—There have been lots of eulogies dedicated to President George Herbert Walker Bush. I also believe the United States and the world lost a very good man this week. For me there are three things that stand out, and they are probably a bit different from the typical American view:
- He was the last American President to have fought in the Second World War and, like my father-in-law, he was an Allied fighter pilot. This means he was a man who actually knew what war was and did not take it lightly. It also means he had a set of values that I could relate to. It is mentioned that president Jimmy Carter was in the military in WWII, but he was in the Naval Academy. Unlike George HW Bush, he did not serve on active duty in the war, but did so soon after.
- He headed the CIA from 30 January 1976 to the end of President Ford’s term, replacing Bill Colby in that role. This means he knew what was going on in Angola at that time, because the CIA was involved. He would have known about South Africa’s joint effort with the USA, as solicited by the United States; more particularly, by Henry Kissinger. I am sure it influenced his views regarding the third point.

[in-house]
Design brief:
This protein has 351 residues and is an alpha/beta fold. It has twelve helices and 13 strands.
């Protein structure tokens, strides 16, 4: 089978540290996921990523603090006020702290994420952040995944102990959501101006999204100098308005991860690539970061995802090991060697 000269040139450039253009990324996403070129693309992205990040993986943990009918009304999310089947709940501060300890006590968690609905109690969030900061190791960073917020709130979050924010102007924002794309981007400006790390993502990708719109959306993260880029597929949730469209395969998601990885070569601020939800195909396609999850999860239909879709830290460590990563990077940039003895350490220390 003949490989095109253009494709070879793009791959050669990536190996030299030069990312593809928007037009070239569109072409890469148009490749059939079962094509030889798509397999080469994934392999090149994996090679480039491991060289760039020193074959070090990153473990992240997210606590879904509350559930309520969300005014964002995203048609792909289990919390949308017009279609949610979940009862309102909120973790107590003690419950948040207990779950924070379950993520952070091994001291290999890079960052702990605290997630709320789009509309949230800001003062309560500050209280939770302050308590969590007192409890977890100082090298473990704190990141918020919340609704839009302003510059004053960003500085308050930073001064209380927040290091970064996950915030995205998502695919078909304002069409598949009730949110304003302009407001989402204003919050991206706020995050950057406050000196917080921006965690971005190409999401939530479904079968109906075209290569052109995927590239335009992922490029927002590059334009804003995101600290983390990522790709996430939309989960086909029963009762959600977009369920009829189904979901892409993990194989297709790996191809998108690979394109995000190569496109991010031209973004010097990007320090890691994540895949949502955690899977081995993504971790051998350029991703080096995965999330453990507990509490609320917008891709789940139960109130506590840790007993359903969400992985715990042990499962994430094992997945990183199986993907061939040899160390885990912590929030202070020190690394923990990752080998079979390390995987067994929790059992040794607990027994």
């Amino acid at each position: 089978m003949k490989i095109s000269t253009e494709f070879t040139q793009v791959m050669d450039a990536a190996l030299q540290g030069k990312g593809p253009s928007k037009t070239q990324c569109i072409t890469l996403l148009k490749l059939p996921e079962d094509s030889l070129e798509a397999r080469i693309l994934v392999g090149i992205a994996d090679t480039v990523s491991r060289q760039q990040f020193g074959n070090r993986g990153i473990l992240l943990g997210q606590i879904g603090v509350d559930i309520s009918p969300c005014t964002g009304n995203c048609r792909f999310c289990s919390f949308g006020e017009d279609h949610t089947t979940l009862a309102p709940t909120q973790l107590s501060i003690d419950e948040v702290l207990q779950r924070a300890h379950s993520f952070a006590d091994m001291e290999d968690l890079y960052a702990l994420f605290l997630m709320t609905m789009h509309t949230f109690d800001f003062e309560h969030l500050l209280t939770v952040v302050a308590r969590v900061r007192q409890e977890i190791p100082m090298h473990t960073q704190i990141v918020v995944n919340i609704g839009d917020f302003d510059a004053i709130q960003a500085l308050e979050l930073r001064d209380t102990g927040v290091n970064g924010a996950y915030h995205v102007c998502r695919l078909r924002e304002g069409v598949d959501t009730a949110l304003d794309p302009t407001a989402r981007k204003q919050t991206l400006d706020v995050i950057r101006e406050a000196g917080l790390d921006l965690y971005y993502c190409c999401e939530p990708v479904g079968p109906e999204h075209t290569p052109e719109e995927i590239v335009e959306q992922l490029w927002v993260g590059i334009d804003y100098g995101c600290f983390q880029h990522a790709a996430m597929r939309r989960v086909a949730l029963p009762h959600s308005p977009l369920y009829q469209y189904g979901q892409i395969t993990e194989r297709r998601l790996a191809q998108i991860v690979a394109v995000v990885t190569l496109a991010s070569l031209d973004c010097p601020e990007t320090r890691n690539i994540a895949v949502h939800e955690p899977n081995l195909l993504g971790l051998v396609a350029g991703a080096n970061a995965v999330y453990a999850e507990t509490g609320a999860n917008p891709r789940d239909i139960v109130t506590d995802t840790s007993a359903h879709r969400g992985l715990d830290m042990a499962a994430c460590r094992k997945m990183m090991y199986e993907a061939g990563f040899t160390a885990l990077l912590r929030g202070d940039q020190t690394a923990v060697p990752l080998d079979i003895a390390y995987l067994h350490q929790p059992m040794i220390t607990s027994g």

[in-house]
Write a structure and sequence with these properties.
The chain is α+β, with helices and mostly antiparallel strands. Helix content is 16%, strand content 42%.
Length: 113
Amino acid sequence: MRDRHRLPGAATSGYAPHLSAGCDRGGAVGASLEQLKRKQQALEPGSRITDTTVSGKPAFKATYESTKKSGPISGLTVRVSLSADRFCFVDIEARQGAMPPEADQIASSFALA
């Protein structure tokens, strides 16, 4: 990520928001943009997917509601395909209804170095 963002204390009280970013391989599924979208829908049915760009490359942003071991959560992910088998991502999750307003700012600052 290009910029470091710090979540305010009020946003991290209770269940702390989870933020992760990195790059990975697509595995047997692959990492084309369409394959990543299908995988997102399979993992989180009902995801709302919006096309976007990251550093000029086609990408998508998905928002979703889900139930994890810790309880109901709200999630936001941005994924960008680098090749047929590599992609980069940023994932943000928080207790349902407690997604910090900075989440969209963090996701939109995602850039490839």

- As Reagan’s Vice-President, it was he who placed the Communist-trained ANC party of Nelson Mandela on the United States List of Terrorist Organizations. Of course, he had the benefit of the intelligence assessments from the CIA, and his own history with the organization to rely on. Ironically, his own son would remove them from that list in 2008, and now the world can see the folly of that act.
I always hoped that I might get the opportunity to speak to him, but it was not meant to be. He was the last American leader to do the right thing with respect to South Africa, until the arrival of President Trump. It was also George Herbert Walker Bush who issued an executive order lifting all Federal Sanctions against South Africa in July 1991.
We have just witnessed the loss of a good leader of the West. He could innately tell right from wrong, and did what was right. What more can one really ask in the end?
— Harry Booyens